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Optimal Location of Discretionary Service Facilities
ODED BERMAN, RICHARD C. LARSON and NIKOLETTA FOUSKA
Vol. 26, No. 3 (August 1992), pp. 201-211
Published by: INFORMS
Stable URL: http://www.jstor.org/stable/25768539
Page Count: 11
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Automatic teller machines and gasoline service stations are two examples of a growing number of "discretionary service facilities." In consuming service from these facilities, a significant fraction of customers do so on an otherwise preplanned trip (e.g., on the daily commute to and from work). A system planner, in determining the best locations of such facilities, is more concerned with placing the facilities along paths of customer flow rather than, say, near the center of a cluster of residences or work places. We formally model this problem and present a method for determining the optimal locations of m discretionary service facilities so as to intercept the maximum possible potential customer flow. We also show how to determine the minimal number of facilities required to intercept a prespecified fraction of total customer flow. Computational results are included.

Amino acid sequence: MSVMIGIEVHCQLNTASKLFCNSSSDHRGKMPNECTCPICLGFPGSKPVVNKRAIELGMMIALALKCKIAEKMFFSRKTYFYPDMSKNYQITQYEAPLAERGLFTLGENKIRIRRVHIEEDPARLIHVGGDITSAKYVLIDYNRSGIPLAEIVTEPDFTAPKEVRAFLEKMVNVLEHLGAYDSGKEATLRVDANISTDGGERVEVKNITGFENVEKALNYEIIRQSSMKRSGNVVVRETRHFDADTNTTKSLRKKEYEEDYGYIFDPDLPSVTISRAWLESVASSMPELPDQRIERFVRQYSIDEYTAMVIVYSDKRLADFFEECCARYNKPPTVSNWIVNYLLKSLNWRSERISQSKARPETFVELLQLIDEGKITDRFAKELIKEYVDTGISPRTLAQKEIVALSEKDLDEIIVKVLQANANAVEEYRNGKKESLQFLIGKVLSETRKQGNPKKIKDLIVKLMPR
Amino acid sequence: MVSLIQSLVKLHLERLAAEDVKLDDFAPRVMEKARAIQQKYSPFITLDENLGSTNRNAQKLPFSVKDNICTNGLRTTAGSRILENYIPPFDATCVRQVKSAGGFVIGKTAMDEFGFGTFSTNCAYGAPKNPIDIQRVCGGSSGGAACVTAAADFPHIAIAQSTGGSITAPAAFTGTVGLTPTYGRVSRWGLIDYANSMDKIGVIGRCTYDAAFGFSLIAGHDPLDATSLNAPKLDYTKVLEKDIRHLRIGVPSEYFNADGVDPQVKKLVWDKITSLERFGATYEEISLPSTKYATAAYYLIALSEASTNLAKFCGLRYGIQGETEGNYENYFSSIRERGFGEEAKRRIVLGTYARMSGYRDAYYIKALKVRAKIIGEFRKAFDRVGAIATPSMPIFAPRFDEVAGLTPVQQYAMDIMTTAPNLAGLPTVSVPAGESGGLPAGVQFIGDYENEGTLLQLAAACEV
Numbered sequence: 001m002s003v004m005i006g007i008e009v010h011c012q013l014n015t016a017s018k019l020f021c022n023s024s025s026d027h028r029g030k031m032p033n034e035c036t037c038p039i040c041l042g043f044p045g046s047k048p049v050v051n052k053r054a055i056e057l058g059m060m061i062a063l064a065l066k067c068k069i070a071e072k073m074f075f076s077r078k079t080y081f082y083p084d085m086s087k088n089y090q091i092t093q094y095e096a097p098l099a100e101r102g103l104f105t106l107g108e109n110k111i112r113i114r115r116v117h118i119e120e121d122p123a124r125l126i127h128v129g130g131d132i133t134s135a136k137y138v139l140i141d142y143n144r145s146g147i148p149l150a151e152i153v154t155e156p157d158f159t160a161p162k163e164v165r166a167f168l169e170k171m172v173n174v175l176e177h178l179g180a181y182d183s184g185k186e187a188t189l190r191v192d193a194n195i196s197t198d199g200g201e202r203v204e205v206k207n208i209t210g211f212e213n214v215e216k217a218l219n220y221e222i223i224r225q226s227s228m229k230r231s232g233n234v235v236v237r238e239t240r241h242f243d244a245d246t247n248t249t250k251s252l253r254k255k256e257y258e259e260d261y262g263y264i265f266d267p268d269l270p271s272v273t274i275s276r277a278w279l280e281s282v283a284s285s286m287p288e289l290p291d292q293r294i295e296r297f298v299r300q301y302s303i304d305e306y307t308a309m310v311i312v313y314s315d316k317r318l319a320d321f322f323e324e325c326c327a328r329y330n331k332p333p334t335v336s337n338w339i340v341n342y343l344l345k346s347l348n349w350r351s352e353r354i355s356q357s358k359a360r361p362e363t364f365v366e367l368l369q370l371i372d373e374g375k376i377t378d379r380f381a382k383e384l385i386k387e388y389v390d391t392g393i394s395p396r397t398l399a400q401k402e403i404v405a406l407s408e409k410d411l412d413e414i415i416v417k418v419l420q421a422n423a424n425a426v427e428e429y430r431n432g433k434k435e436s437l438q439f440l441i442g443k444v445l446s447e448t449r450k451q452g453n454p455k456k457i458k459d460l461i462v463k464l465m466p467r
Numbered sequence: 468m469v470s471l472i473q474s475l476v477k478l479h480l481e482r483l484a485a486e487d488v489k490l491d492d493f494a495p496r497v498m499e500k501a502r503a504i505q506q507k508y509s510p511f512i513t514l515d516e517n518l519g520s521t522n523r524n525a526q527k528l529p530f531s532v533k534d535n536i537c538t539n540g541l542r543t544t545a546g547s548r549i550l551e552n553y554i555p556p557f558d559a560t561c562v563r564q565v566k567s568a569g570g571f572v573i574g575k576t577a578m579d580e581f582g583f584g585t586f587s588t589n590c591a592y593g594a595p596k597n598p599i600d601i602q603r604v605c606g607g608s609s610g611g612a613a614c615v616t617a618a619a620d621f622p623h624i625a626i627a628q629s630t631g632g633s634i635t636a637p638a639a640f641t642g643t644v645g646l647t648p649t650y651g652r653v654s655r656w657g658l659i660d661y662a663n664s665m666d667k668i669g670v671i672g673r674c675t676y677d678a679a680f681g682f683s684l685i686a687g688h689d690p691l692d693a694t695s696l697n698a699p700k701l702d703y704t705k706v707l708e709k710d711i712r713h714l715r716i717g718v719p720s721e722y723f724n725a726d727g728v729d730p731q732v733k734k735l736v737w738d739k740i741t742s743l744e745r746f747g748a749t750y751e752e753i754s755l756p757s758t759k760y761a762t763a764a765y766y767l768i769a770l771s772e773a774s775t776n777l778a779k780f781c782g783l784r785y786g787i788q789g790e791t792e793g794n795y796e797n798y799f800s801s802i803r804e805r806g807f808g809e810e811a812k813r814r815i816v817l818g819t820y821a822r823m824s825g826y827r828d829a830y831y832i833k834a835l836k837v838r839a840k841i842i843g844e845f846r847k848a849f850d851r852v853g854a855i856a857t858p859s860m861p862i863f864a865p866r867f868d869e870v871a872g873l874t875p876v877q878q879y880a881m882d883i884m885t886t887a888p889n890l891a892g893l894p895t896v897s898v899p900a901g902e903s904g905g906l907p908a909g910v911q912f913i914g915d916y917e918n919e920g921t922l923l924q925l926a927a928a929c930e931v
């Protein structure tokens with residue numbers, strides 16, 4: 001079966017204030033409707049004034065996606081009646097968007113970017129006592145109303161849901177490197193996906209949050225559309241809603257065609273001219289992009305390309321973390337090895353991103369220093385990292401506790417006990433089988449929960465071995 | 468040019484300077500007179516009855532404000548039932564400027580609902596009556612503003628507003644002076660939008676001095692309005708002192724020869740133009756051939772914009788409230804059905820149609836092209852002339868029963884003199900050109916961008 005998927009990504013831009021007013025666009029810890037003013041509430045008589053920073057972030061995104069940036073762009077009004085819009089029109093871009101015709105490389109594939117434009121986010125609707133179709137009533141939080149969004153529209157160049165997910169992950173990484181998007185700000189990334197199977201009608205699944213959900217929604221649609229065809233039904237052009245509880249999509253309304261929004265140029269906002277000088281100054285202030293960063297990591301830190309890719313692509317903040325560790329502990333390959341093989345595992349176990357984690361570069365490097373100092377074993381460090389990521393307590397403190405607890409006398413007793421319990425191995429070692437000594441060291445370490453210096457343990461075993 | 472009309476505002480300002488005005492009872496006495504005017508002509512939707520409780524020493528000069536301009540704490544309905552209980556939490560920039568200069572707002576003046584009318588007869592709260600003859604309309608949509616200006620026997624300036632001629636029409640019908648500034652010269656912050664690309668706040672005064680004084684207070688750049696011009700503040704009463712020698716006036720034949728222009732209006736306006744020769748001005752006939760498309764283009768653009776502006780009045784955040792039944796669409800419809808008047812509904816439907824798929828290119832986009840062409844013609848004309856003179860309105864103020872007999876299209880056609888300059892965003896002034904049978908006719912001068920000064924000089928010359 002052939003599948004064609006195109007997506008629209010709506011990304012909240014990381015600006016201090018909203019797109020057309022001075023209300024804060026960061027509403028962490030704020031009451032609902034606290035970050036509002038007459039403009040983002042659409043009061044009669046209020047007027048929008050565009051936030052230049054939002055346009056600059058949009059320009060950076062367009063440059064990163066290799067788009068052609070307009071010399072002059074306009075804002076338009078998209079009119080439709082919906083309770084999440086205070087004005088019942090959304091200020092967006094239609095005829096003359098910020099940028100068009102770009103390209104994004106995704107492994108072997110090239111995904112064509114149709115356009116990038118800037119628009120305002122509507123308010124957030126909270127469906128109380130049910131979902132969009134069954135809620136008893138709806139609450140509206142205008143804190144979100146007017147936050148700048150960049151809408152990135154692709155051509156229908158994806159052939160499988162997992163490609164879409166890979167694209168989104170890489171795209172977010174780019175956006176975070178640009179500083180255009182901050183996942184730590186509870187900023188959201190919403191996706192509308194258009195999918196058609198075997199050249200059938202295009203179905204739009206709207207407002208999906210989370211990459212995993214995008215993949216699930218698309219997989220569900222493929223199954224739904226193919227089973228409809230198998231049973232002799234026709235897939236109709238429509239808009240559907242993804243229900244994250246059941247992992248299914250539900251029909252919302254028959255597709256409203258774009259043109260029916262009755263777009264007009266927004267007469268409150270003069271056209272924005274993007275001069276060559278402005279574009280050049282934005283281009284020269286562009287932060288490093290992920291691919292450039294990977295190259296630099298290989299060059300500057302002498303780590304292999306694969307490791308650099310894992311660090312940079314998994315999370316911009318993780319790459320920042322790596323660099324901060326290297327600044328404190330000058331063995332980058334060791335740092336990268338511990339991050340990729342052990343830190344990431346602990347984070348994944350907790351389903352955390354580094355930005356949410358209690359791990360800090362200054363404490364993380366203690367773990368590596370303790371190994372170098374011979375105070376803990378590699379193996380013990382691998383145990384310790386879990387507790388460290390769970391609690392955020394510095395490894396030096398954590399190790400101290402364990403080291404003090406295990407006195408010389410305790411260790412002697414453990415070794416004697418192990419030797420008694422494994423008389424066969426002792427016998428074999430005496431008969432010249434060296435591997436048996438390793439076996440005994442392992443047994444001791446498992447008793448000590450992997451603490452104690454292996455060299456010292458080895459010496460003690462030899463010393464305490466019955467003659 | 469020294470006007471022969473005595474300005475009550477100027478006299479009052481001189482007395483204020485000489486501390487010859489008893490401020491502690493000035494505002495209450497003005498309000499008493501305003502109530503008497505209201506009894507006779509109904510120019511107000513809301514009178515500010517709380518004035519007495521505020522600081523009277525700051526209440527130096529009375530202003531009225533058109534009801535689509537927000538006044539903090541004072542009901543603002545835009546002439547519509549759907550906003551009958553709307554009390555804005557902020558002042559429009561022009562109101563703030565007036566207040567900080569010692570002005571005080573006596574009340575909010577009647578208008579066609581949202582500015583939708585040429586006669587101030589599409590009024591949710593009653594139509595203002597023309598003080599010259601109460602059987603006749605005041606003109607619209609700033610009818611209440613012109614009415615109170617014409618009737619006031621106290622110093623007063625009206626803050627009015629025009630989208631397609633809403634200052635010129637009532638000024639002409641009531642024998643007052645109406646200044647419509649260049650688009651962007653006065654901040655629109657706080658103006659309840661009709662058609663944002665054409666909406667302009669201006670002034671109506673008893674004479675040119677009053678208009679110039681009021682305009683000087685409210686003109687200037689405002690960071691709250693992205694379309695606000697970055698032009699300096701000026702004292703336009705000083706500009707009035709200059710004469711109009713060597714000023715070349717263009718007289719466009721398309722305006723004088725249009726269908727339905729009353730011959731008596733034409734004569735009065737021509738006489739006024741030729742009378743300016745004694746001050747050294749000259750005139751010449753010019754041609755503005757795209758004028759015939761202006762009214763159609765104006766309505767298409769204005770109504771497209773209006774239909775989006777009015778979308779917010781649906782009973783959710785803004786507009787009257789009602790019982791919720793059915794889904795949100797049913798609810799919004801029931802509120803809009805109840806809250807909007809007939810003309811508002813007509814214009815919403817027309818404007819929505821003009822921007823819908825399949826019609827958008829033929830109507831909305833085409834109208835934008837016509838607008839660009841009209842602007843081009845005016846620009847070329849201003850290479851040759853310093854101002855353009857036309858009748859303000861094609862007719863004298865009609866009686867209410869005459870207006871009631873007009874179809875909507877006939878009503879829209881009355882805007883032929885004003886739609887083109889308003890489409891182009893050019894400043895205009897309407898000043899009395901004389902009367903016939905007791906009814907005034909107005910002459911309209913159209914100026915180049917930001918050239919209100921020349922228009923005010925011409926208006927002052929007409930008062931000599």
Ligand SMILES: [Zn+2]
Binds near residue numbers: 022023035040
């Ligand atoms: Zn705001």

Transportation Science © 1992 INFORMS